Antibiotic on organic sunset list
Organic producers hope to retain use of tetracycline for fireblight control.
Organic tree fruit growers in the Pacific Northwest are concerned that the National Organic Standards Board might drop its approval of the antibiotic Mycoshield (oxytetracycline or tetracycline) for organic production in 2012. The product is used to manage fireblight in apples and pears.
The NOSB has a list of more than 200 products that are synthetic, but allowed in organic production. Under a sunset clause, products that have been on the list for five years are removed, unless the board decides otherwise, according to Marty Beagle, program manager for the Washington State Department of Agriculture’s Organic Program.
Dr. Mike Willett, vice president of scientific affairs with the Northwest Horticultural Council, said the board routinely does sunset reviews to find out if organic alternatives are available yet. In addition, the NOSB conducted a special review of antibiotics in general after it was asked to approve an additional formulation of oxytetracycline.
Public comments about products on the list can be submitted to the board in writing or at meetings held twice a year. The written comment period for tetracycline ended in March.
Organic apple grower Gary Middleton of Eltopia, Washington, testified on behalf of the Washington tree fruit industry and Washington Tilth at a meeting of the board held in late April in Woodland, California.
Speaking from the perspective of a small, family orchardist, Middleton told the board he has a 16-acre block of Gala apples in which he has lost more than 4,000 trees to fireblight over the past five to seven years. Without Mycoshield, he would have two options: either go back to conventional production or continue to remove trees as they become infected until it’s no longer feasible to keep the orchard.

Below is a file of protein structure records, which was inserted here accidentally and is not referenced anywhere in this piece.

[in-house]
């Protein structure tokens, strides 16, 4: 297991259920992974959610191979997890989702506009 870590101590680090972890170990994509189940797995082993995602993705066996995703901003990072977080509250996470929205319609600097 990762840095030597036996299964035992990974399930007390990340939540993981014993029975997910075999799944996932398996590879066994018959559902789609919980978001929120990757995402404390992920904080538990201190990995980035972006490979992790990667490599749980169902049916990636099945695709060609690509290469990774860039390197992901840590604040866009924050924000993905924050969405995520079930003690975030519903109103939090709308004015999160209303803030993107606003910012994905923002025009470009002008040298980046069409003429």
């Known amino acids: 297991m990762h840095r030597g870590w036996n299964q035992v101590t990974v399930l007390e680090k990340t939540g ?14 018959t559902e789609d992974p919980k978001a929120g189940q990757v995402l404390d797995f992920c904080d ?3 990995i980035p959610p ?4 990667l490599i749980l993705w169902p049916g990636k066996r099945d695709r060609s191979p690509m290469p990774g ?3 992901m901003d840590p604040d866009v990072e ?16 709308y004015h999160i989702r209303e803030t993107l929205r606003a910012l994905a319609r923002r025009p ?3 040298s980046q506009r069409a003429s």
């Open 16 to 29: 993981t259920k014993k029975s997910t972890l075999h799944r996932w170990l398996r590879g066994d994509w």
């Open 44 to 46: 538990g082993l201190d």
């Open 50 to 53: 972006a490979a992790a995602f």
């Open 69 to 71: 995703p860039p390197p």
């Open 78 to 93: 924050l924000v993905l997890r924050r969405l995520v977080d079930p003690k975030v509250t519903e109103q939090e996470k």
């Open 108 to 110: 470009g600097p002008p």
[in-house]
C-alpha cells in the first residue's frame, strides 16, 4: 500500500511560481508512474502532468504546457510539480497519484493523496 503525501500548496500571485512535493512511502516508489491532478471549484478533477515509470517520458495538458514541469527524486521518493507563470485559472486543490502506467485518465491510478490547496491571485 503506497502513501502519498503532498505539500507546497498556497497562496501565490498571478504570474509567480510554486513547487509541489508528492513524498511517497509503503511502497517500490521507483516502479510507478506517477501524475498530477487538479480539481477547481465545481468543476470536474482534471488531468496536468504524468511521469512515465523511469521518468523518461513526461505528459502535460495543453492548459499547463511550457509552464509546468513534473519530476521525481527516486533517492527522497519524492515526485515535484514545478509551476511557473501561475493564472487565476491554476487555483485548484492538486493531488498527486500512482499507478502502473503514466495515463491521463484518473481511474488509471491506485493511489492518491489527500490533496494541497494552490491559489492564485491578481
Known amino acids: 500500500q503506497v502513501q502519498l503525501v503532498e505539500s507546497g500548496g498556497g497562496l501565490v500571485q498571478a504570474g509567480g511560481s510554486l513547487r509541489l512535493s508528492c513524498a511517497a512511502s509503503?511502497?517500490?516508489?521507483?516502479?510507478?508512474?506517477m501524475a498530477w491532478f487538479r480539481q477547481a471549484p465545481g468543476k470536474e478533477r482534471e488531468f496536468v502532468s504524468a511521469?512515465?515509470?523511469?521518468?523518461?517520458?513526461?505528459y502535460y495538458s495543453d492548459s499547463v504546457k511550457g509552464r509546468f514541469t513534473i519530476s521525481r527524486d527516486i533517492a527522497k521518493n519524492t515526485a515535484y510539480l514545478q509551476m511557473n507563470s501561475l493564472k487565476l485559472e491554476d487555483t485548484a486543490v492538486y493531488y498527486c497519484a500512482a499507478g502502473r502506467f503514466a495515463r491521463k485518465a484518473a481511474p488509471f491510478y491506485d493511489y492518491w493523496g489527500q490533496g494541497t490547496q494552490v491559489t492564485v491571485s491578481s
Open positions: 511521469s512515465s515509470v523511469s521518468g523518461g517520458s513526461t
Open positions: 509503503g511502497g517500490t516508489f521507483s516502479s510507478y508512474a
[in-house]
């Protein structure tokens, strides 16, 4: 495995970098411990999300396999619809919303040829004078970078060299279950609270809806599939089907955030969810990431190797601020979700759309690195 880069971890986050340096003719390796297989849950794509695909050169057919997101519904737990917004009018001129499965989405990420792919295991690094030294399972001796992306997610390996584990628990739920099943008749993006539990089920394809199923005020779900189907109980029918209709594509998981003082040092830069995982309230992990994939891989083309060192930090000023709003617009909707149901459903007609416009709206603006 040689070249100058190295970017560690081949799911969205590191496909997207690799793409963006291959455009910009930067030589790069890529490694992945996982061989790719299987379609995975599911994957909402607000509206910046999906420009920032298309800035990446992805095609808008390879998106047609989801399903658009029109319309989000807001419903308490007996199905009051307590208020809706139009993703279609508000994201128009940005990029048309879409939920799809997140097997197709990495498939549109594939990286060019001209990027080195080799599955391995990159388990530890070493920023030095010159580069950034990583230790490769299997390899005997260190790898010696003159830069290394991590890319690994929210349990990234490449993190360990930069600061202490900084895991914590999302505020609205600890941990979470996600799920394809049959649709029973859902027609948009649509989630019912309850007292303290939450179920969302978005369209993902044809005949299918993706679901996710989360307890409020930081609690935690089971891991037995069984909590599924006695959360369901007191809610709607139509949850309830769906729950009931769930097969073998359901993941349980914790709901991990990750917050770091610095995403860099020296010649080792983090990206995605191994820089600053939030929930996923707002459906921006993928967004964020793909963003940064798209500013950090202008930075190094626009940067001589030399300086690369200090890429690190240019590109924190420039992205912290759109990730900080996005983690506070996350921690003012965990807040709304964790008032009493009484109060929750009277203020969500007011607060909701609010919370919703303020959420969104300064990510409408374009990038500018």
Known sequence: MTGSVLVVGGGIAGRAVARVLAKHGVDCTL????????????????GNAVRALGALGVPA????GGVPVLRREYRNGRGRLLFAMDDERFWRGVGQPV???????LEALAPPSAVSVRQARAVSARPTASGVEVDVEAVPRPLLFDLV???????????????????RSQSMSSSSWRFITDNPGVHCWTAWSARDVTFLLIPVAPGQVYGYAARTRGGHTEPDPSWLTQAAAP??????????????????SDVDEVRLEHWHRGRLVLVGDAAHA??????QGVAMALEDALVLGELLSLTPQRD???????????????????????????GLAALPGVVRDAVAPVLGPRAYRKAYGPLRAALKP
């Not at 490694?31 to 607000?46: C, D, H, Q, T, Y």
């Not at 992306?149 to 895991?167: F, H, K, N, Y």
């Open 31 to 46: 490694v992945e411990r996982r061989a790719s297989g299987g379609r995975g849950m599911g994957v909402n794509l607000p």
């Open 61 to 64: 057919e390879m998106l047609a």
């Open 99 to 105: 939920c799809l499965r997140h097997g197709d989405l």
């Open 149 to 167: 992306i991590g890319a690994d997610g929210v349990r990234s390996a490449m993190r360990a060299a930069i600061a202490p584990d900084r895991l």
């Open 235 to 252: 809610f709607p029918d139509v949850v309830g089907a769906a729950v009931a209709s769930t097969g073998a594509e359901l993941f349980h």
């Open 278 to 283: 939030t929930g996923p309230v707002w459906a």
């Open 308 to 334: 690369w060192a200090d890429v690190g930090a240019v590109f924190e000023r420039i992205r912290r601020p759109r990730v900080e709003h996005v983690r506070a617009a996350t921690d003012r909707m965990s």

Biological products have been introduced for fireblight control, such as BlightBan (Pseudomonas fluorescens A506) and Bloomtime (Pantoea agglomerans strain E325), but Middleton said they’re more expensive than antibiotics and only suppress fireblight rather than control it. “I have used them in our orchard, and I can tell you, the results are not positive. We would love to embrace a truly organic product that works.”
Middleton said he felt so strongly about maintaining the use of Mycoshield that he traveled for 29 hours to the California meeting to give his allotted five minutes of testimony. In an effort to dispel the notion that there would be widespread use of antibiotics if they continue to be approved, he told the board that the risk of fireblight is highest in certain varieties, such as Pink Lady, Gala, and Fuji, and particularly when the trees are on dwarfing rootstocks, such as Malling 9 or 26. Antibiotics are only applied to sensitive varieties and when conditions are highly conducive to fireblight, as indicated by Washington State University’s CougarBlight model. They are only used in bloom, which is the only time they’re effective.
“I think the philosophy is we’re just going to go out and use antibiotics on all our orchards regardless of the infection in the orchard,” he commented afterwards. “I tried to give them the message that we don’t go out and just spray on an all-the-time basis or just because we think there might be fireblight out there. We’re doing it in strict conditions. We don’t want to use it more than we have to.
“But once you get fireblight in your orchard, your options are pretty much gone. You’d better be very aggressive in the treatment of the fireblight.”
Oregon Tilth members and Bob McClain of the California Pear Advisory board also spoke in support of maintaining approval for antibiotics.
Beagle said the Washington Organic Program submitted written comments to the National Organic Program saying that tetracycline is the only available effective substance to combat fireblight in apples and pears, although alternatives are being researched.
The board will make a recommendation to the National Organic Program on which products should continue to be approved. The board voted on several products following its April meeting, but might not make a decision on the rest (including tetracycline) until the fall, Beagle said.